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Unformatted text preview: ain, or the bus, and come directly home. You couldn't make Mona go away to school! If you sent Mona to Switzerland, she'd be home in forty-eight hours. If you sent her to China, she'd be back, perhaps in less time than that. Gifford said nothing now. She only felt the usual comfortable aching love for Mona, and the desperate faith that Mona somehow would be all right. One time Gifford had asked Mona: "What's the difference between men and women?" Mona had said: "Men don't know what can happen. They're happy. But women know everything that can happen. They worry all the time." Gifford had laughed at that. Her other precious memory was of six-year-old Mona on the day that Alicia had passed out on the porch of the Amelia Street house, right on top of her pocketbook, and Mona, unable to get the key out of it, had climbed up the trellis to the high second-story window, and carefully broken out only a small jagged hole in the glass with the heel of her Mary Jane so that she could reach the lock. Of course the entire glass had to be replaced, but Mona had been so neat about it, so sure of herself. Just little splinters of glass sca...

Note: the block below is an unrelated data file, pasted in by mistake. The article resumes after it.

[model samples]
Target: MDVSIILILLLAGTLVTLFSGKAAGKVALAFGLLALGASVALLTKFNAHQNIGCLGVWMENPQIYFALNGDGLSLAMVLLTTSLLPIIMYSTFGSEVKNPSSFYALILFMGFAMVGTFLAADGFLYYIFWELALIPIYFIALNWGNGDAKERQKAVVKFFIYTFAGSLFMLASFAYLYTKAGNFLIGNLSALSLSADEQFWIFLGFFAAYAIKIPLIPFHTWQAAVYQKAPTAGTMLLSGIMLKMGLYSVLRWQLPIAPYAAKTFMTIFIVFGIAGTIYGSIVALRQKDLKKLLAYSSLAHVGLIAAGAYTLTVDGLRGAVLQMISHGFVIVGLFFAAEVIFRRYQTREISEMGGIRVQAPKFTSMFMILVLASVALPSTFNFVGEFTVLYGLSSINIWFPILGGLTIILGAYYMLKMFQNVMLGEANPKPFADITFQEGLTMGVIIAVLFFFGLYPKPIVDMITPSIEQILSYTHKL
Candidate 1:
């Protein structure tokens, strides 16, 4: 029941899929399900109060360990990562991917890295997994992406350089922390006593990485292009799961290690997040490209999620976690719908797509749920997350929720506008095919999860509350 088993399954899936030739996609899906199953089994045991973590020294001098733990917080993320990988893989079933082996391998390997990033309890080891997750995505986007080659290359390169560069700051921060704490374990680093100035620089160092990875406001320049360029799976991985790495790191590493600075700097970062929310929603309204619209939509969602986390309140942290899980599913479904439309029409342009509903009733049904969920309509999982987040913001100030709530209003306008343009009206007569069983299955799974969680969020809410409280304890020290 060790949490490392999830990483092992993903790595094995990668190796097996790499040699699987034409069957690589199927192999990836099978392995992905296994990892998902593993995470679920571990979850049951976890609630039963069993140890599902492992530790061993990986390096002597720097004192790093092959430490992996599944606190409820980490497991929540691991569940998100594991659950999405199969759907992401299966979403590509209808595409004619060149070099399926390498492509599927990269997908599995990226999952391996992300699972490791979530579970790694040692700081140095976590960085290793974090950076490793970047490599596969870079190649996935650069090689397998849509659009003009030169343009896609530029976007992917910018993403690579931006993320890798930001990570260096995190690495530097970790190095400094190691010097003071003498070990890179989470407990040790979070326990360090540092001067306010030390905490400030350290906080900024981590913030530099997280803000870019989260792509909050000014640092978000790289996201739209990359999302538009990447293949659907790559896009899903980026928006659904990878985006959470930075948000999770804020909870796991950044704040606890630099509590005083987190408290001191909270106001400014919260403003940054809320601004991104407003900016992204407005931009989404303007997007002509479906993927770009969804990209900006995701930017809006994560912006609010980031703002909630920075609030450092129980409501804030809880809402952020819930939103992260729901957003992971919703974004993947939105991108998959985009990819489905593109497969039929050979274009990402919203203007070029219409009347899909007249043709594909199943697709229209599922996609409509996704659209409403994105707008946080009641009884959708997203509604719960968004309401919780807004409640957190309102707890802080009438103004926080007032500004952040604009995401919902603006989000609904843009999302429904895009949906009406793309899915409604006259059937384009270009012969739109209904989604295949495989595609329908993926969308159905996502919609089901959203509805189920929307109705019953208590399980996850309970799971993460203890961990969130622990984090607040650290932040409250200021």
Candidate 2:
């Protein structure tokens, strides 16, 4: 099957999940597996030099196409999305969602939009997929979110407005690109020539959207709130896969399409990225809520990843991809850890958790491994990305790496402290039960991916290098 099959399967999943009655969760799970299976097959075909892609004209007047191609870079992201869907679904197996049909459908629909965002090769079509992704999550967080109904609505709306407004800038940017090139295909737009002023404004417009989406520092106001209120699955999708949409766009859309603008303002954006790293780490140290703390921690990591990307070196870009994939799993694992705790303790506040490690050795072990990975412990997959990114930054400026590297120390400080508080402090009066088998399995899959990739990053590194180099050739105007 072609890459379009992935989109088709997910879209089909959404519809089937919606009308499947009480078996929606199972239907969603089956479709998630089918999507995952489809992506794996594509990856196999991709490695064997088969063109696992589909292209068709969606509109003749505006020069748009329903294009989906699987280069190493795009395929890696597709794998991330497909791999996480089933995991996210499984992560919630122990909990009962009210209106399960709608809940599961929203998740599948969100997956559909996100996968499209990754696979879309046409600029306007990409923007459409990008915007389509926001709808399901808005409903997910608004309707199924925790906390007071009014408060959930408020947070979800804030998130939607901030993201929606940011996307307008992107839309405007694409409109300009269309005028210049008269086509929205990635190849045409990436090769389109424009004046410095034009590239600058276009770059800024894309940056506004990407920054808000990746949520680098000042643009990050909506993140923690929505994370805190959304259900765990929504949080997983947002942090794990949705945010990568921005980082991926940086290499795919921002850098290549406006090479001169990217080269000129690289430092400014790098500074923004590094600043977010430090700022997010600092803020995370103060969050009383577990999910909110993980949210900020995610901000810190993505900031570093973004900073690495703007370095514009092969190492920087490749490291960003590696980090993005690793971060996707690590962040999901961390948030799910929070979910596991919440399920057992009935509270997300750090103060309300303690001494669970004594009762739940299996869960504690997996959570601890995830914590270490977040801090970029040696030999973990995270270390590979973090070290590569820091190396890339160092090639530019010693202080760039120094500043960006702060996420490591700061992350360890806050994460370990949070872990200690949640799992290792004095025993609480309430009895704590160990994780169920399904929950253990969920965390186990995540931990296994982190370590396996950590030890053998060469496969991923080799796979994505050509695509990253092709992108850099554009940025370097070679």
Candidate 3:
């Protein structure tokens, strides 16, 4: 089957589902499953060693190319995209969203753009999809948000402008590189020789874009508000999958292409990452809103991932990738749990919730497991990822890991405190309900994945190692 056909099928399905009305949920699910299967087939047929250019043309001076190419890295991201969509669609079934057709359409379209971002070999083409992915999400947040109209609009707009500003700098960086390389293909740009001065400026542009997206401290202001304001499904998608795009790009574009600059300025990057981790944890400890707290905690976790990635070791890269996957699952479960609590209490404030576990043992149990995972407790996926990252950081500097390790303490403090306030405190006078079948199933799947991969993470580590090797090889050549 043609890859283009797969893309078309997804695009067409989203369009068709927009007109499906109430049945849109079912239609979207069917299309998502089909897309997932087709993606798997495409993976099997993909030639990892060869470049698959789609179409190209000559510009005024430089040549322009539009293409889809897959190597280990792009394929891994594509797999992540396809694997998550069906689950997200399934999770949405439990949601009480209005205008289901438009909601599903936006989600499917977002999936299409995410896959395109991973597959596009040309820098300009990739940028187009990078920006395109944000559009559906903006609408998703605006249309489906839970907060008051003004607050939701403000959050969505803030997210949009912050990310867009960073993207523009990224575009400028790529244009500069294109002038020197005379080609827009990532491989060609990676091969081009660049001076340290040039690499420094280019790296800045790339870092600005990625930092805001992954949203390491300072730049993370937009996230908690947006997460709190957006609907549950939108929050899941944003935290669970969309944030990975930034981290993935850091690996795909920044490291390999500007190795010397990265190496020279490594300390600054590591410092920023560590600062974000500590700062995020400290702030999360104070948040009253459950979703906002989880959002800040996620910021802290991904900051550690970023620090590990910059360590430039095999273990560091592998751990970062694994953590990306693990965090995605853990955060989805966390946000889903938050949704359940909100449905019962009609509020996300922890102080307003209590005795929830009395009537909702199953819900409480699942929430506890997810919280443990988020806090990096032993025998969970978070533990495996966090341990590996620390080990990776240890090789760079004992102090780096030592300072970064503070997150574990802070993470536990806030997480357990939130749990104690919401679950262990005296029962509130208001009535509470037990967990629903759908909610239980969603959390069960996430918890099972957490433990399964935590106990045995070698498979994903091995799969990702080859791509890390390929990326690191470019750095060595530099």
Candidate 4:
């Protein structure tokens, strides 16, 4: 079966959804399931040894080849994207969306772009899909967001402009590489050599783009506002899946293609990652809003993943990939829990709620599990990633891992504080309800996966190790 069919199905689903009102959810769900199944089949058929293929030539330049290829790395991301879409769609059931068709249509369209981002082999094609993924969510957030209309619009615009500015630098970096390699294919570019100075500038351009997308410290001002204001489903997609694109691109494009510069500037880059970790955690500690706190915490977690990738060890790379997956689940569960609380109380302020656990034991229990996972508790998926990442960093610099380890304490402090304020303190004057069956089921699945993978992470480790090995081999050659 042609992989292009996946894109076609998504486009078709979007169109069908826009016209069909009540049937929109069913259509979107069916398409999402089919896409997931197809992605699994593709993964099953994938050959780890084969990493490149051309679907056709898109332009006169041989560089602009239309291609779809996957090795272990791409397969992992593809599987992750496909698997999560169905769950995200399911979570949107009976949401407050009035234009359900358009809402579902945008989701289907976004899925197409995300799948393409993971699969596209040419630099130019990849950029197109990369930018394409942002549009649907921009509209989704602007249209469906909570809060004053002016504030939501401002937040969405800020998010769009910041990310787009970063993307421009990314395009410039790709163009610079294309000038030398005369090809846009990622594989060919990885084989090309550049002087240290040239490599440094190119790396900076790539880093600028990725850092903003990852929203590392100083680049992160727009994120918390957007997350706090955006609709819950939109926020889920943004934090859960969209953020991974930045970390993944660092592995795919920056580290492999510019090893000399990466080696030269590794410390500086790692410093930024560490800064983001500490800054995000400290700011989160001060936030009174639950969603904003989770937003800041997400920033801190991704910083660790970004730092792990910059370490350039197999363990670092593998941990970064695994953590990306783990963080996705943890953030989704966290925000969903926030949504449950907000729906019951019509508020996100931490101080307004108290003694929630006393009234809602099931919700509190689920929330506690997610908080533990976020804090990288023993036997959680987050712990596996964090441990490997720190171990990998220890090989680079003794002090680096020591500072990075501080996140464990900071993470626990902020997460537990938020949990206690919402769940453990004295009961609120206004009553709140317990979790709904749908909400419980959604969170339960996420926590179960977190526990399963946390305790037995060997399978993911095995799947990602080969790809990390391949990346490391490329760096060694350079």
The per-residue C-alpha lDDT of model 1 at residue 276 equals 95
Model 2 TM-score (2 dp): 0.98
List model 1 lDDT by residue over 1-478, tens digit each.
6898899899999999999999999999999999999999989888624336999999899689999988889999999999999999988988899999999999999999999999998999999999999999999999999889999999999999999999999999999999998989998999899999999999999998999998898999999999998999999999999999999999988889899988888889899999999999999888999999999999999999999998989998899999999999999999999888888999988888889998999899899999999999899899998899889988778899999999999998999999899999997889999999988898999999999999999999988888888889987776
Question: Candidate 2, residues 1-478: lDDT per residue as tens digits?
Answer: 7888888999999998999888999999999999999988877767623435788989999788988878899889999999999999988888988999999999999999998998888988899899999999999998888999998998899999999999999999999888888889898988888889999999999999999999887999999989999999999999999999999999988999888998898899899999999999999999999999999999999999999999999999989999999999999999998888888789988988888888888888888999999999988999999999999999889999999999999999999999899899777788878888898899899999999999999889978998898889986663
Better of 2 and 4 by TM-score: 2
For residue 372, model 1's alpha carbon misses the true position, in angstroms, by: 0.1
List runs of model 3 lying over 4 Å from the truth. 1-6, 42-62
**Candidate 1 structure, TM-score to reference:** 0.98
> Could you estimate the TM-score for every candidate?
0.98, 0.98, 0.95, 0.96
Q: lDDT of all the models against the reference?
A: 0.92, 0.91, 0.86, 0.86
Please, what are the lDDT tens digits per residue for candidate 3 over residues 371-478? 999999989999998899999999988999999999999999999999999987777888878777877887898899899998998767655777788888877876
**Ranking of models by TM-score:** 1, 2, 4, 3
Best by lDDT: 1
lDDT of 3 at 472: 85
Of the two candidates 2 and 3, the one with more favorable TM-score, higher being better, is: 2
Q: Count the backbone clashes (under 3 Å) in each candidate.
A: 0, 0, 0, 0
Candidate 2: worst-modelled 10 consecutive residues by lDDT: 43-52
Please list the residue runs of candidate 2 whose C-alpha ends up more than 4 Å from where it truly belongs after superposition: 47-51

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This note was uploaded on 02/20/2010 for the course WRITING 220.200 taught by Professor Julie during the Spring '10 term at Johns Hopkins.
- Spring '10